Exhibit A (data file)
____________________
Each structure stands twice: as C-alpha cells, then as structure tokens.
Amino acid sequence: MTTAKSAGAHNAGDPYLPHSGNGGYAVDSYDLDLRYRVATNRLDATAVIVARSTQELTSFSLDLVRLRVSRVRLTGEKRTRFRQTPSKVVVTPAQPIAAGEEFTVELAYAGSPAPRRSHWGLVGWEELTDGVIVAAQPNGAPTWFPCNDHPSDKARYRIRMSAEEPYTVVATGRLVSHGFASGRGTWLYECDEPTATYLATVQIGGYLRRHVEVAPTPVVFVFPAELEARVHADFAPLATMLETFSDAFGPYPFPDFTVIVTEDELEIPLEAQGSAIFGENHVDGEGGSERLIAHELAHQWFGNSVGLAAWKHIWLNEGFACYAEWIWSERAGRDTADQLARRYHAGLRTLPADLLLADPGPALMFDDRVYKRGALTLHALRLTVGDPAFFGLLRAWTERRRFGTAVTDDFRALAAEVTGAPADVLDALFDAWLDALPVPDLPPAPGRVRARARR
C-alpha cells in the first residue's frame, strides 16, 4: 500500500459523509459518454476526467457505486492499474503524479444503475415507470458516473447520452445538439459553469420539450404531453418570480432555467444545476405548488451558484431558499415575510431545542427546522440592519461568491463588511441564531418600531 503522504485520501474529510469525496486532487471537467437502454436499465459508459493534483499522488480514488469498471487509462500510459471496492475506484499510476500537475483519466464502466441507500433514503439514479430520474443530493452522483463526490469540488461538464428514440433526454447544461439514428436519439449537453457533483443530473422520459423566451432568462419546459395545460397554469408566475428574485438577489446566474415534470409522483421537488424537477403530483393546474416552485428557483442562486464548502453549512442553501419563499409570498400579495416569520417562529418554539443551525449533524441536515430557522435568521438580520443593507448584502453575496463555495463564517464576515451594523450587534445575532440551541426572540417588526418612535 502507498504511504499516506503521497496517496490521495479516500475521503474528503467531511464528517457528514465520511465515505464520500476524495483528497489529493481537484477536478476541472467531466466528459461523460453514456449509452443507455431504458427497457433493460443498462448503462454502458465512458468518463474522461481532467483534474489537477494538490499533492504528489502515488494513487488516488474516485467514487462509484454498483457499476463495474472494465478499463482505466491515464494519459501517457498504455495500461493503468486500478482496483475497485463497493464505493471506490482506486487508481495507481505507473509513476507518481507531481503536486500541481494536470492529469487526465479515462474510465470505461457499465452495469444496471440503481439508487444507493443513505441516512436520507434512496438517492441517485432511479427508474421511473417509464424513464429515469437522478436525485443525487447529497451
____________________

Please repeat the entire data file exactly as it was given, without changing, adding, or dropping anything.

Each structure stands twice: as C-alpha cells, then as structure tokens.
Amino acid sequence: MTTAKSAGAHNAGDPYLPHSGNGGYAVDSYDLDLRYRVATNRLDATAVIVARSTQELTSFSLDLVRLRVSRVRLTGEKRTRFRQTPSKVVVTPAQPIAAGEEFTVELAYAGSPAPRRSHWGLVGWEELTDGVIVAAQPNGAPTWFPCNDHPSDKARYRIRMSAEEPYTVVATGRLVSHGFASGRGTWLYECDEPTATYLATVQIGGYLRRHVEVAPTPVVFVFPAELEARVHADFAPLATMLETFSDAFGPYPFPDFTVIVTEDELEIPLEAQGSAIFGENHVDGEGGSERLIAHELAHQWFGNSVGLAAWKHIWLNEGFACYAEWIWSERAGRDTADQLARRYHAGLRTLPADLLLADPGPALMFDDRVYKRGALTLHALRLTVGDPAFFGLLRAWTERRRFGTAVTDDFRALAAEVTGAPADVLDALFDAWLDALPVPDLPPAPGRVRARARR
C-alpha cells in the first residue's frame, strides 16, 4: 500500500459523509459518454476526467457505486492499474503524479444503475415507470458516473447520452445538439459553469420539450404531453418570480432555467444545476405548488451558484431558499415575510431545542427546522440592519461568491463588511441564531418600531 503522504485520501474529510469525496486532487471537467437502454436499465459508459493534483499522488480514488469498471487509462500510459471496492475506484499510476500537475483519466464502466441507500433514503439514479430520474443530493452522483463526490469540488461538464428514440433526454447544461439514428436519439449537453457533483443530473422520459423566451432568462419546459395545460397554469408566475428574485438577489446566474415534470409522483421537488424537477403530483393546474416552485428557483442562486464548502453549512442553501419563499409570498400579495416569520417562529418554539443551525449533524441536515430557522435568521438580520443593507448584502453575496463555495463564517464576515451594523450587534445575532440551541426572540417588526418612535 502507498504511504499516506503521497496517496490521495479516500475521503474528503467531511464528517457528514465520511465515505464520500476524495483528497489529493481537484477536478476541472467531466466528459461523460453514456449509452443507455431504458427497457433493460443498462448503462454502458465512458468518463474522461481532467483534474489537477494538490499533492504528489502515488494513487488516488474516485467514487462509484454498483457499476463495474472494465478499463482505466491515464494519459501517457498504455495500461493503468486500478482496483475497485463497493464505493471506490482506486487508481495507481505507473509513476507518481507531481503536486500541481494536470492529469487526465479515462474510465470505461457499465452495469444496471440503481439508487444507493443513505441516512436520507434512496438517492441517485432511479427508474421511473417509464424513464429515469437522478436525485443525487447529497451